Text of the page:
Structural divergence in dialogue

It is often observed that people tend to match each others body movements, speech style, and patterns of language use during conversation. Recently, it has been proposed that ‘structural priming’ should be added to this list. Structural priming occurs when processing of a linguistic structure is facilitated by prior exposure to the same structure. The main evidence for these effects comes from experimental studies of individuals processing sequences of sentences. However, the Interactive Alignment Model has proposed that cross-person structural priming is a part of an automatic, resource-free priming mechanism that helps to underpin all successful human interaction. We present evidence from a corpus analysis that, in fact, people tend to diverge in their use of syntactic structures in ordinary conversation. Our results are consistent with a view of conversation as an activity in which people collaborate to move each topic forward by repeating some of the same words but placing them in different contexts.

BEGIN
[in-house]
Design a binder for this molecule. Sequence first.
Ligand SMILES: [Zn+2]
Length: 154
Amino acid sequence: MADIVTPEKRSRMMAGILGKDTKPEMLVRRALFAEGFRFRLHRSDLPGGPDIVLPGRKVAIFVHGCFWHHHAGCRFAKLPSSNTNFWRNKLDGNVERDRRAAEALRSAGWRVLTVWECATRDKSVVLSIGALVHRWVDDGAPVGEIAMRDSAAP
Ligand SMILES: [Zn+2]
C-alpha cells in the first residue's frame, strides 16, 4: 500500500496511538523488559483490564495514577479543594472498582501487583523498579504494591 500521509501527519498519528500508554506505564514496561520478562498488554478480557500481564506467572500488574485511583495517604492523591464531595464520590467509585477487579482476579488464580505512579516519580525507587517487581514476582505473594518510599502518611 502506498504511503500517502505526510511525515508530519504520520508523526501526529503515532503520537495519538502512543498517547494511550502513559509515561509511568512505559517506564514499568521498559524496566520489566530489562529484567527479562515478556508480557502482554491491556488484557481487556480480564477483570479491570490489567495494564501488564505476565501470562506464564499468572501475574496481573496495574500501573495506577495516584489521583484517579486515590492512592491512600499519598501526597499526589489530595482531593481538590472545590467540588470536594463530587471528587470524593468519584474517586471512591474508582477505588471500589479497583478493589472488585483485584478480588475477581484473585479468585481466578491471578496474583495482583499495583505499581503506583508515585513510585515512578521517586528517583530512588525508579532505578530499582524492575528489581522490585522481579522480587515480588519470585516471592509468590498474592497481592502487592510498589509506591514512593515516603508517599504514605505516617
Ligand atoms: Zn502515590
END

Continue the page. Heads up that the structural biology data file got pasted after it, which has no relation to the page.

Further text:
Research areas:
Type of Publication:
In Proceedings
Book title:
Proceedings of 20th Annual Meeting of the Society for Text and Discourse
Chicago, IL, USA
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